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Re: [ba-ohs-talk] Wiki experiences?

On Mon, 4 Mar 2002, Eugene Eric Kim wrote:    (01)

> I know Chris Dent is using MoinWiki, and John Sechrest has also used and
> administered Wikis.  What are your experiences?    (02)

(I mostly address the wiki thing here, but I also make a suggestion
for the mailing lists, from the backlink thread, based on wiki
failings)    (03)

I find the WikiWay to be a delightful thing. However I'm not sure how
well it works in what might be called "serious applications".    (04)

My primary use of Wiki has been as a teaching aid for an information
representation class. It's been a nice way to distribute information
but we are having a hard time getting students to contribute. I think
this is the problem with any "public" access tool. What is the
perceived need? Is it important enough for people to get over barriers
to use?    (05)

The main benefits:    (06)

 * anybody, anywhere, anytime    (07)

   Have browser will travel. Barriers to use are very very low.    (08)

 * Easy linking.    (09)

 * Easy changes, easy comments.    (010)

 * Very positive attitude    (011)

The main disadvantages:    (012)

 * anybody, anywhere, anytime    (013)

   While the problems associated with anybody editing can be overcome
   with authentication and versioning, it takes away a lot of the
   flavor and raises the barriers to activity.    (014)

 * poor editing interfaces    (015)

   I was considering the other day that a well built web browser would
   include a more full featured text editor for <textarea> form
   elements. I do not write complicated wiki pages because it is a
   pain in the butt. I could, I suppose, edit somewhere else and cut
   and paste or something similar but that raises the barriers.    (016)

   Are their editors out there which will spawn an external editor or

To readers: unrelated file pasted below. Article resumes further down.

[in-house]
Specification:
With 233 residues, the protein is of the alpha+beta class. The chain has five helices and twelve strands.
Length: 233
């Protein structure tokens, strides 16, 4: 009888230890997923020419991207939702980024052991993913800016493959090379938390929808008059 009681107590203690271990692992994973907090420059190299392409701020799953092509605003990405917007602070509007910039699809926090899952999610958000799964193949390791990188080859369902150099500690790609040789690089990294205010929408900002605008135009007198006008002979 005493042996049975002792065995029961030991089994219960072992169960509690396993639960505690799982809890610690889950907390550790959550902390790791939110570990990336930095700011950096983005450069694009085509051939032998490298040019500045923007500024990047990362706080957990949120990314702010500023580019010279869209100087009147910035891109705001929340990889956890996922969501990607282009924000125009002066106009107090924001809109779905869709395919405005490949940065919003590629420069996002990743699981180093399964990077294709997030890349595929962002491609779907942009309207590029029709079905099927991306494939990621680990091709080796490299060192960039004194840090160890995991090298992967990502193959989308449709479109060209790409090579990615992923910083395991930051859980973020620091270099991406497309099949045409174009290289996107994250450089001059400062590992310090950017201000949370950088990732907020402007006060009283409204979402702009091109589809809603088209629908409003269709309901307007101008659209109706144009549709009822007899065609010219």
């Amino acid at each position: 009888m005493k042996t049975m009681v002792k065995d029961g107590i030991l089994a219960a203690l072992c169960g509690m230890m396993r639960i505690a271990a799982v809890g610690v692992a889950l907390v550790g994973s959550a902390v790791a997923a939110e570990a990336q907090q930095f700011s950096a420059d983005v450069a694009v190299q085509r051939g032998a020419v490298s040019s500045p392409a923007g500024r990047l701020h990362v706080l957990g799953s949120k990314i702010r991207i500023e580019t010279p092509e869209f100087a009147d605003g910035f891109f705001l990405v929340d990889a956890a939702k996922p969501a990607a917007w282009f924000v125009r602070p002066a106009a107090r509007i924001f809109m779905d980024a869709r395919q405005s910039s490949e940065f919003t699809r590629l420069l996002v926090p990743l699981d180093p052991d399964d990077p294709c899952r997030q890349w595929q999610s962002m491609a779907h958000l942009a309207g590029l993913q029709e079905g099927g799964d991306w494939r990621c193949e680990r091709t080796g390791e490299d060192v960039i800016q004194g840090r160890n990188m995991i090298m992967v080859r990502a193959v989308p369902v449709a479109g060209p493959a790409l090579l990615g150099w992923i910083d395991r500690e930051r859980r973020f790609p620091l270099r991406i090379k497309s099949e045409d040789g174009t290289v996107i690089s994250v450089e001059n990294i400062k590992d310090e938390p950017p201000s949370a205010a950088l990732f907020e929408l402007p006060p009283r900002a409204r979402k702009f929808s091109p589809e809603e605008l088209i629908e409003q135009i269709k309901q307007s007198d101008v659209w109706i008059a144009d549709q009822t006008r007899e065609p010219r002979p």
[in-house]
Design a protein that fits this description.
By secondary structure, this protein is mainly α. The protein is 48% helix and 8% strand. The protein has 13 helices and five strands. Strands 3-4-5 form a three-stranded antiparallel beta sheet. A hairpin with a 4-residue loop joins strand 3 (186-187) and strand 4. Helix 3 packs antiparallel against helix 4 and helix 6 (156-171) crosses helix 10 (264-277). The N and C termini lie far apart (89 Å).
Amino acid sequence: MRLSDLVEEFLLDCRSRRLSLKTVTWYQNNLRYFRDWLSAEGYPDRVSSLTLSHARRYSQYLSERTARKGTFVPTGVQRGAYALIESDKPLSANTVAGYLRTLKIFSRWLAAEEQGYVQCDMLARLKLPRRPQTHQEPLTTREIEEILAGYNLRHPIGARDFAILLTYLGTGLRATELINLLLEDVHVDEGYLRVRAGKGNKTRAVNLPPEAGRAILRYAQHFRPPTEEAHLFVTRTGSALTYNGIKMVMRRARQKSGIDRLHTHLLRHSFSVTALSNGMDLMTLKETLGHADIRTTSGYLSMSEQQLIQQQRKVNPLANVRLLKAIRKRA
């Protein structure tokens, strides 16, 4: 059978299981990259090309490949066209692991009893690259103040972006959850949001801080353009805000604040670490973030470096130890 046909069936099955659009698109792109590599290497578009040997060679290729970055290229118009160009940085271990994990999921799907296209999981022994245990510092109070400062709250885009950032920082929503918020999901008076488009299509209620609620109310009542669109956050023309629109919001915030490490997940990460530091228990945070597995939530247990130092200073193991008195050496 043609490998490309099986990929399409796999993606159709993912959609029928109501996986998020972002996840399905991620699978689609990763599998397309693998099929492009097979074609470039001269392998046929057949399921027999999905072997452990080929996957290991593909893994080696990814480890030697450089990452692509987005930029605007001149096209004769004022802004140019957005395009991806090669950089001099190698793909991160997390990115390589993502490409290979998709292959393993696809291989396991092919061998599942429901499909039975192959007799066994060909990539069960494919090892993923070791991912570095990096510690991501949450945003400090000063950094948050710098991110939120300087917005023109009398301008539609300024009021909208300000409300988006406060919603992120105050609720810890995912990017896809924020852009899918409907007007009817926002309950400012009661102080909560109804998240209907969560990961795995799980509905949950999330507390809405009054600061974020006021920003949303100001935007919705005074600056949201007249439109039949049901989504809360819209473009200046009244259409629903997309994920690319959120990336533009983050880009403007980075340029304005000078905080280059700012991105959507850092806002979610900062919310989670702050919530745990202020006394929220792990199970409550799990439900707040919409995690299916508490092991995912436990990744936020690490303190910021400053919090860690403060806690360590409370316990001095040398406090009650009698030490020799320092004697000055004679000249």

embed one? I think that would change the shape of collaboration on
   the web. I use email as my primary tool for collaboration because I
   have greater access to my personal toolset there.    (017)

 * granular addressibility is difficult    (018)

   Constantly changing pages means that persistent references have to be
   associated with versions. That means, as mentioned elsewhere, you
   can't just throw some purple number code into the presentation
   engine and have them work well.    (019)

My Warp tool (on the link in my sig) is like Wiki but much less
disciplined. I like it better than Wiki because it generates
unintentional associative links but more importantly I can email
content to it. I'm led to believe there are some Wiki's that will do
this (and if not it would be relatively easy to implement).    (020)

I had a conversation with some friends once, probably last year, where
we discussed that the only thing that _really_ mattered that came out
of internetworked computers was email. This is certainly over stating
the case but I think it is true to say that email is _the_ killer app,
so much so that we've forgotten that it is an application at all.    (021)

Wikis, like most relatively new technologies are still fairly
obsessed with Wikis and not what can be done with them (at least for
people who are new to them). Email has greater saturation.    (022)

So, my summary of Wikis would be that they are neat but they suffer
from being a web based thing. That implies a great deal of
limitations.    (023)

I think the suggestion that we modify the mailing list program so that
messages can be tagged with their place in the archive is a good one.    (024)

If mhonarc and majordomo are living on the same machine it would be
possible to do the following in the majordomo code at the point where
it is preparing an outgoing message:    (025)

   check config for archive
   lock preparation of other messages for this list
   prepare the message
   scan the archive for the number (in the filename) of the latest message
   place the url of the number in the footer of the prepared message
           (or there may be a lot of other options here too)
           pipe the message to mhonarc
           set mhonarc as the first recipient on the list
   unlock preparation
   carry on    (026)

It's likely the locked stage of that can be narrowed somewhat to
hasten delivery.    (027)

What you would then have is the ability to jump to the message in it's
context, with purple.    (028)

I'm not sure, though, how much power this will necessary give people.
It is possible, presumably to change the direction of use. Instead of
using the archive as an archive and your mailer as a reader, read in
the archive, archive in your mailer, and only go to your unrev and ohs
folders when you need to respond to something?    (029)

I'm not a fan of that idea, though, because then I would be out of my
email, and in my email is where I want to be.    (030)

Chris Dent  <cdent@burningchrome.com>  http://www.burningchrome.com/~cdent/    (031)